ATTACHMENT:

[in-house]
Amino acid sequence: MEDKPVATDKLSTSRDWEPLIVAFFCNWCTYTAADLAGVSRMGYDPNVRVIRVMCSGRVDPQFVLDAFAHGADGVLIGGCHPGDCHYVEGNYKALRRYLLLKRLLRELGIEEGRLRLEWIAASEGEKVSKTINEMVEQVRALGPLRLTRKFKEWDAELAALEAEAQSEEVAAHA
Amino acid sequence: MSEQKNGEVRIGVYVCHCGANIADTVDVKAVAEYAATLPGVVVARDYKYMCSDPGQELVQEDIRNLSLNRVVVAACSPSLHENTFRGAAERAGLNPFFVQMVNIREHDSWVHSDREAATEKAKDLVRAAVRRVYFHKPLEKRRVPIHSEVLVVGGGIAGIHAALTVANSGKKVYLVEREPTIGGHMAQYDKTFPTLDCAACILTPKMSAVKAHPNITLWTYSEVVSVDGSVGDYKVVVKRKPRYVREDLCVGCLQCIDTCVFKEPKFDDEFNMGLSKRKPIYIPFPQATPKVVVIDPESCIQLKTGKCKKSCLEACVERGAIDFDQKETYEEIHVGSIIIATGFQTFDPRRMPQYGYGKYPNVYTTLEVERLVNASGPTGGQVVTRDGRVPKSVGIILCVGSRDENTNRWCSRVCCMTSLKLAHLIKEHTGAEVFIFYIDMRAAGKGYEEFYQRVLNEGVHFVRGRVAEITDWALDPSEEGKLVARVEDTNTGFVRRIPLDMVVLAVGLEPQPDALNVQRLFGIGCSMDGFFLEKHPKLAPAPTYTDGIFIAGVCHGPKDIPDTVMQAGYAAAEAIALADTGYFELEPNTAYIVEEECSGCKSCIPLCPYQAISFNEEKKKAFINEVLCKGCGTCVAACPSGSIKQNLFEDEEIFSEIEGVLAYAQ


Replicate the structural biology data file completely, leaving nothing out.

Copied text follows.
[in-house]
Amino acid sequence: MEDKPVATDKLSTSRDWEPLIVAFFCNWCTYTAADLAGVSRMGYDPNVRVIRVMCSGRVDPQFVLDAFAHGADGVLIGGCHPGDCHYVEGNYKALRRYLLLKRLLRELGIEEGRLRLEWIAASEGEKVSKTINEMVEQVRALGPLRLTRKFKEWDAELAALEAEAQSEEVAAHA
Amino acid sequence: MSEQKNGEVRIGVYVCHCGANIADTVDVKAVAEYAATLPGVVVARDYKYMCSDPGQELVQEDIRNLSLNRVVVAACSPSLHENTFRGAAERAGLNPFFVQMVNIREHDSWVHSDREAATEKAKDLVRAAVRRVYFHKPLEKRRVPIHSEVLVVGGGIAGIHAALTVANSGKKVYLVEREPTIGGHMAQYDKTFPTLDCAACILTPKMSAVKAHPNITLWTYSEVVSVDGSVGDYKVVVKRKPRYVREDLCVGCLQCIDTCVFKEPKFDDEFNMGLSKRKPIYIPFPQATPKVVVIDPESCIQLKTGKCKKSCLEACVERGAIDFDQKETYEEIHVGSIIIATGFQTFDPRRMPQYGYGKYPNVYTTLEVERLVNASGPTGGQVVTRDGRVPKSVGIILCVGSRDENTNRWCSRVCCMTSLKLAHLIKEHTGAEVFIFYIDMRAAGKGYEEFYQRVLNEGVHFVRGRVAEITDWALDPSEEGKLVARVEDTNTGFVRRIPLDMVVLAVGLEPQPDALNVQRLFGIGCSMDGFFLEKHPKLAPAPTYTDGIFIAGVCHGPKDIPDTVMQAGYAAAEAIALADTGYFELEPNTAYIVEEECSGCKSCIPLCPYQAISFNEEKKKAFINEVLCKGCGTCVAACPSGSIKQNLFEDEEIFSEIEGVLAYAQ